It has been hot! hot! hot! Catapulting that cold sweet soothing food-balm known as the "frozen desert" to the category of necessary evil. This week, in an attempt to expand my repertoire (beyond popsicles), I set my sights on Frozen Yogurt. It's healthy right? And it neither requires much work nor many ingredients.

I know. FROZEN YOGURT. There are fro-yo places everywhere in Los Angeles, to a ridiculously absurd extent. Names have been mimicked, repeated, tweaked, colors changed (red, pink), fruits swapped (berries, mangoes), but they seem to be one and the same, indistinguishably alike (in a word, generic). I for one never jumped on the F-Y bandwagon. In fact, I've never even tasted the much ballyhooed fruits of Pinkberry, and while we have gone to a local off-brand joint a couple of times, I'm always dismayed by the distinct overtones of chemicals that underscore their fruity flavors.

So, I decided to make some. It's really easy, and tasty. Actually, I think that's why there are so many chains. Ice cream shop with signature flavors? Big old scoop of double trouble! Frozen yogurt? Easy peasy (and squeezy too).

The great things about (homemade) frozen yogurt are as follows: 1) easy 2) simple 3) tasty with a delicious tanginess 4) you can make it as sweet or not-sweet as you want 5) no chemicals needed 6) pairs well with fresh, ripe, summer fruit, as well as frozen, ripe, summer fruit 7) you can adjust desired fat content 8) pride & boasting rights (with minimal exertion required).
Frozen Yogurt
This recipe is adapted from David Lebovitz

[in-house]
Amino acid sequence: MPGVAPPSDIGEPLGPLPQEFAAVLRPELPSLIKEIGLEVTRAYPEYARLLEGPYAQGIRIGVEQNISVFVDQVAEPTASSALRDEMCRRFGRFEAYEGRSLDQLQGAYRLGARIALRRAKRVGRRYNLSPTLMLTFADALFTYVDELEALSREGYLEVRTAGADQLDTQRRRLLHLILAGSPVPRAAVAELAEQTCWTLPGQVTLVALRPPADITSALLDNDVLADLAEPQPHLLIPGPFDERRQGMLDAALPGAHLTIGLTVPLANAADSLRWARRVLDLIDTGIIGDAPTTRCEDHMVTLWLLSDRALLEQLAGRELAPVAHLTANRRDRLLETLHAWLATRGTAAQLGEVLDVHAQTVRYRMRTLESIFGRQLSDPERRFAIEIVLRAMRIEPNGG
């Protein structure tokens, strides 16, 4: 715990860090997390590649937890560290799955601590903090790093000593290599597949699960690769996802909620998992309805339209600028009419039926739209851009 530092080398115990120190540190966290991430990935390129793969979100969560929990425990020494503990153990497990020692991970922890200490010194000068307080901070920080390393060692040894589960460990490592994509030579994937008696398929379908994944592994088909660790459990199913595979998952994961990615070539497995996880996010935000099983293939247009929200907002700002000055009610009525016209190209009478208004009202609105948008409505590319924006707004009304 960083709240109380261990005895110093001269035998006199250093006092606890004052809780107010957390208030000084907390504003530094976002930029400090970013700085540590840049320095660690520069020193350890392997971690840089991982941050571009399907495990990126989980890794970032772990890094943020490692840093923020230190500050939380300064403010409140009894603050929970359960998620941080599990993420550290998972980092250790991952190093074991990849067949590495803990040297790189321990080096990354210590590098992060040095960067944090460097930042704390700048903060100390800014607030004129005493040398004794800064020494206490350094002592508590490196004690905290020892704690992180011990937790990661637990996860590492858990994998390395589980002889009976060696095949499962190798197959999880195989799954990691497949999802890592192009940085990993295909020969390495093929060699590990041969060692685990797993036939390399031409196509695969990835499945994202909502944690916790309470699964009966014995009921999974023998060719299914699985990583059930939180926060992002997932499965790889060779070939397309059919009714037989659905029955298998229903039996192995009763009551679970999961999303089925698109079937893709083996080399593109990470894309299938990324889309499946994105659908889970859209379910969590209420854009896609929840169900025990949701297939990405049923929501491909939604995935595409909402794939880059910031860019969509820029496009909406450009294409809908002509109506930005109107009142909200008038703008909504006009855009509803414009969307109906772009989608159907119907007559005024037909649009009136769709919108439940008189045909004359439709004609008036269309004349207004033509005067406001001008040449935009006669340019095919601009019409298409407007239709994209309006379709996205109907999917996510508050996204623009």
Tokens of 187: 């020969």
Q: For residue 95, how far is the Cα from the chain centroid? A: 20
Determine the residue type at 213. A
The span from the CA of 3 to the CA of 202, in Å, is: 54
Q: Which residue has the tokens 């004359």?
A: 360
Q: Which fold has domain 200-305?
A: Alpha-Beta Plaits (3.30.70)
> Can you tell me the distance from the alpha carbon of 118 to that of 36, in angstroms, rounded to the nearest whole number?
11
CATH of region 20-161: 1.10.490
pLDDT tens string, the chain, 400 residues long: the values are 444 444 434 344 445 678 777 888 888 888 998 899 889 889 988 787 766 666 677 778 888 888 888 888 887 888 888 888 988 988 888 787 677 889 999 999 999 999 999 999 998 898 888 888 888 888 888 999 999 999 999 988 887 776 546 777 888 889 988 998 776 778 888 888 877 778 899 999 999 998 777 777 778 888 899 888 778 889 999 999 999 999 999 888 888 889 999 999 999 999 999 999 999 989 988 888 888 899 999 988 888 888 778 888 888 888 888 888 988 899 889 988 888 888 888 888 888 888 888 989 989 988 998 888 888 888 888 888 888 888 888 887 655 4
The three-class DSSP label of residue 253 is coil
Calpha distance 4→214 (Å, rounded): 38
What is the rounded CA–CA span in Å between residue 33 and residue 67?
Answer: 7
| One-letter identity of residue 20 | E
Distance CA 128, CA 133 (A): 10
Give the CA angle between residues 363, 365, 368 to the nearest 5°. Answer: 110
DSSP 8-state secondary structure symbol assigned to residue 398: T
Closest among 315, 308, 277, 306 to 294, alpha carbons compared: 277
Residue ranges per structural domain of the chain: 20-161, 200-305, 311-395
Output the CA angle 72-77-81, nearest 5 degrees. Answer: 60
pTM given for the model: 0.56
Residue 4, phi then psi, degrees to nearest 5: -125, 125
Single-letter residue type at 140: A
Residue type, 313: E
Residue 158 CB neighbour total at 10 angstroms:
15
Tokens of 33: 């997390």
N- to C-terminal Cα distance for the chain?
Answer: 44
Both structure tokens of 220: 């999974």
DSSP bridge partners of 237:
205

3 cups Greek yogurt (or 6 cups plain yogurt strained to make 3)
3/4 cups sugar
1 tsp vanilla (optional)

Stir the sugar into the greek yogurt until it dissolves. Add the vanilla. Chill thouroughly. Freeze in ice cream maker.

Enjoy your deliciously cooling desert and the hot-headed feeling of superiority that comes from not getting it from an overpriced strip mall chain fro yo-ery. Next, I will teach you how to cobble your own Ugg boots.

Note: the recipe called for full fat yogurt, which is super rich. Next time I am going to try something a little lighter and see how it works. Also, I like the flavor of plain yogurt so I might cut down on the sugar next time.

Tuesday, August 2, 2011

Salsa: My Fast Food of Choice

I read recently that people in the United States spend 30 minutes a day preparing meals. The fact that everyone else is averaging 10 minutes per meal a day either makes me incredibly inept, or means that not a lot of cooking is going on in other people's houses. Because I spend a lot more than 30 minutes in the kitchen. Cooking from scratch is a major time commitment, even if it's not fancy. It takes planning, dedication, and endless patience.

For the days that I'm just not up to it, but not willing to throw in the towel and give in to del taco or in n out, I make salsa.

Heat up a can of black beans (throw in a chopped up garlic clove if you are feeling fancy) and make some (brown) rice. While that's happening, make your salsa. Slice up some cheese, throw a couple of tortillas under the broiler and you've got dinner.

The payoff from making your own salsa? Well first of all it is simply delicious. Totally different than store-bought (which is not to say that I don't like jarred salsa). But if you want to have a homemade meal without really making much, making your own salsa will make you look good (and will make your food taste even better).